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Back to business in the bond market

August 19, 2020

Investing-grade and high-yield bond interest rates, 2010 o July 2020 chart
The March disruption in the capital markets was particularly evident in the bond market, as a “flight to liquidity” drove investors out of risk assets into cash. The Federal Reserve noted the broken “plumbing” of the fixed income market and pledged unprecedented support through direct bond purchases and several aggressive liquidity programs. These announcements rapidly steadied the market, bringing yield spreads on investment-grade and high-yield indexes to below historic averages.

The combination of Fed assertiveness and plunging Treasury yields have dropped borrowing costs to record lows, despite rising delinquencies and stressed corporate balance sheets. The borrowing cost for the average investment-grade borrower is just over 1% today, versus 1.6% in March and 3.6% in late 2018. High-yield rates average roughly 6% right now, compared with 9.3% in March and 8.0% in late 2018. (See Chart 1 above.) While the Fed has slowed its asset purchases, there’s no indication this is impacting demand.

The advantage for corporate borrowers can be seen not only in lower costs, but also in higher issuance. High-yield issuance was essentially shut down in March, but that window has opened materially since then; high-yield bond issuance is on pace to reach $385 billion in 2020, eclipsing the previous record of $332 billion in 2013. Investment-grade issuance never really slowed, with $264 billion of new bond issues in March alone. Investment-grade issuance could potentially reach $2.2 trillion in 2020, nearly double the level of 2019. (See Chart 2 below.)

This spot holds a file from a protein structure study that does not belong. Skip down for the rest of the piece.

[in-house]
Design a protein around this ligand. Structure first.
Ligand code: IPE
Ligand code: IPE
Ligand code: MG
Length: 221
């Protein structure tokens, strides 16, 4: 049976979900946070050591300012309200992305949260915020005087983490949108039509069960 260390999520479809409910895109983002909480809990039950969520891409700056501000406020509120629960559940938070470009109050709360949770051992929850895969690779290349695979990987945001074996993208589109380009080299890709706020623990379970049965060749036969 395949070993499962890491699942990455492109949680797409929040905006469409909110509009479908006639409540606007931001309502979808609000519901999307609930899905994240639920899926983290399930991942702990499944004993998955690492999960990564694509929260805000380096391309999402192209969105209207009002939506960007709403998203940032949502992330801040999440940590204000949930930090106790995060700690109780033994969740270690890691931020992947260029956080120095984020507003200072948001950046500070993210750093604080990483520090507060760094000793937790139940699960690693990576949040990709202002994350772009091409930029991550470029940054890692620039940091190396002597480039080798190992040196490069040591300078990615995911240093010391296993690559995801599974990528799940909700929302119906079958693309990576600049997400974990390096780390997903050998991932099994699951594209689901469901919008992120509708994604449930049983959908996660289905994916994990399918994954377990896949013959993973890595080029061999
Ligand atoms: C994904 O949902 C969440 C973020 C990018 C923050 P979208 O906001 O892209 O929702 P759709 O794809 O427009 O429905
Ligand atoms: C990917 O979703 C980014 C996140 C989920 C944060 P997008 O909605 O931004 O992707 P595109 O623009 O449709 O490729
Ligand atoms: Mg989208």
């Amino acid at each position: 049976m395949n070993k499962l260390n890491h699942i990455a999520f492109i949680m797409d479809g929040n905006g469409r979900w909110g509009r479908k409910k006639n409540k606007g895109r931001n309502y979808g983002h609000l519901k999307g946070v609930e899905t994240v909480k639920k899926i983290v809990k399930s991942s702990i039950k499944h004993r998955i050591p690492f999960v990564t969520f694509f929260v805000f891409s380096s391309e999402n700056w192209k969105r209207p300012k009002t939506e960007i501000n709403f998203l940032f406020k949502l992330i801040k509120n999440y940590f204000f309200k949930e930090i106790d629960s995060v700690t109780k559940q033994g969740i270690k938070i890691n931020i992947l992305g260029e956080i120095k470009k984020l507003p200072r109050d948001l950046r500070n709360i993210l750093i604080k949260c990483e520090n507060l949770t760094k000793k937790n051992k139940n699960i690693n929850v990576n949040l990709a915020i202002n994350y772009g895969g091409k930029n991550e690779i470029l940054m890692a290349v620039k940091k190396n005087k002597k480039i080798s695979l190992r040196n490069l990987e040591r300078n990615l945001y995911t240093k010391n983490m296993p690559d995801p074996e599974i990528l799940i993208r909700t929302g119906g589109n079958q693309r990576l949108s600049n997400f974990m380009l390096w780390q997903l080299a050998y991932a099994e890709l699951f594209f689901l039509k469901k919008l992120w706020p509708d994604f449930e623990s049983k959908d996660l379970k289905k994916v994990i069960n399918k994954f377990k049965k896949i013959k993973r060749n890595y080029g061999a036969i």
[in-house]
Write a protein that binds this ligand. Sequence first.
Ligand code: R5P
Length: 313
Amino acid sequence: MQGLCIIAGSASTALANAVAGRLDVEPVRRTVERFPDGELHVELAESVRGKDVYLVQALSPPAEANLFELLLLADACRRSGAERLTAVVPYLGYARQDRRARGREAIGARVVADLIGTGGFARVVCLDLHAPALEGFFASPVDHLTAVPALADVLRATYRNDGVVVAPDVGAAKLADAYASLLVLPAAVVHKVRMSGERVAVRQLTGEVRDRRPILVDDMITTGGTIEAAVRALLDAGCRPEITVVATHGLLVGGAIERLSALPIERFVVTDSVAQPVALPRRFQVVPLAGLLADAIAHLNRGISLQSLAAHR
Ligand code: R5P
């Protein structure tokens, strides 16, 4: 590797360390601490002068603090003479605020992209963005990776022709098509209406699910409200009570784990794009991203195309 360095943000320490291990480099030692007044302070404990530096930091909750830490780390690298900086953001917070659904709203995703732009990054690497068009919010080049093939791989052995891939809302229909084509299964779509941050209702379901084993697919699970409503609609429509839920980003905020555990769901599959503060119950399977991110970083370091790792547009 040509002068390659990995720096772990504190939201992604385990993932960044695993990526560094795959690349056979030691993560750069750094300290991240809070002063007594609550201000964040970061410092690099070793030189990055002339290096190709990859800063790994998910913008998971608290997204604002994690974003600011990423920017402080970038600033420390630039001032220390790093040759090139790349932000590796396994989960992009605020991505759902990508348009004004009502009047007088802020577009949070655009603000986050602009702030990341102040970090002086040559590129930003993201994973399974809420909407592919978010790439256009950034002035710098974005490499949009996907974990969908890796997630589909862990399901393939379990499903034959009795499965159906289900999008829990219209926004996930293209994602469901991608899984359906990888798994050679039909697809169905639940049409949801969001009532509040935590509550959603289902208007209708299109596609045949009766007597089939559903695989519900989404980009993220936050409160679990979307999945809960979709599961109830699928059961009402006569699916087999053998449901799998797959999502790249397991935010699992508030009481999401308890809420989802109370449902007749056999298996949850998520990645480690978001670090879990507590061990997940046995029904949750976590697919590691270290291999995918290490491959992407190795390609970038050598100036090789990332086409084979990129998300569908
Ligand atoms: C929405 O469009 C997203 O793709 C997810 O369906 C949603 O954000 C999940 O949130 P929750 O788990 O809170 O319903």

Investment-grade and high-yield bond issuance, 2010 to 2020 estimated

While the apparent disconnect between fundamental uncertainty and an accommodative market is good for borrowers, it puts pressure on investors to assume greater risk, as investment-grade funds now have a negative yield when adjusted for inflation. Additionally, the low yields on corporate bonds decrease the opportunity cost to invest elsewhere, likely driving investor appetite for stocks and gold.

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    Past performance does not guarantee future results. Current performance may be lower or higher than the past performance shown.

    Bloomberg Barclays US Aggregate Bond Index: An unmanaged, market value-weighted index of U.S. dollar-denominated, investment-grade, fixed-rate, taxable debt issues, which includes Treasuries, government-related and corporate securities, mortgage- backed securities (agency fixed-rate and hybrid adjustable-rate mortgage pass-throughs), asset-backed securities and commercial mortgage-backed securities (agency and non-agency).

    ICE BofA Merrill Lynch (BofAML) U.S. High Yield Index: An unmanaged, market capitalization-weighted index that gives a broad-based

    measurement of U.S. high-yield fixed-income markets; measures the performance of below-investment-grade, corporate debt with a minimum of 18 months remaining to final maturity at issuance that is publicly issued in major domestic markets.

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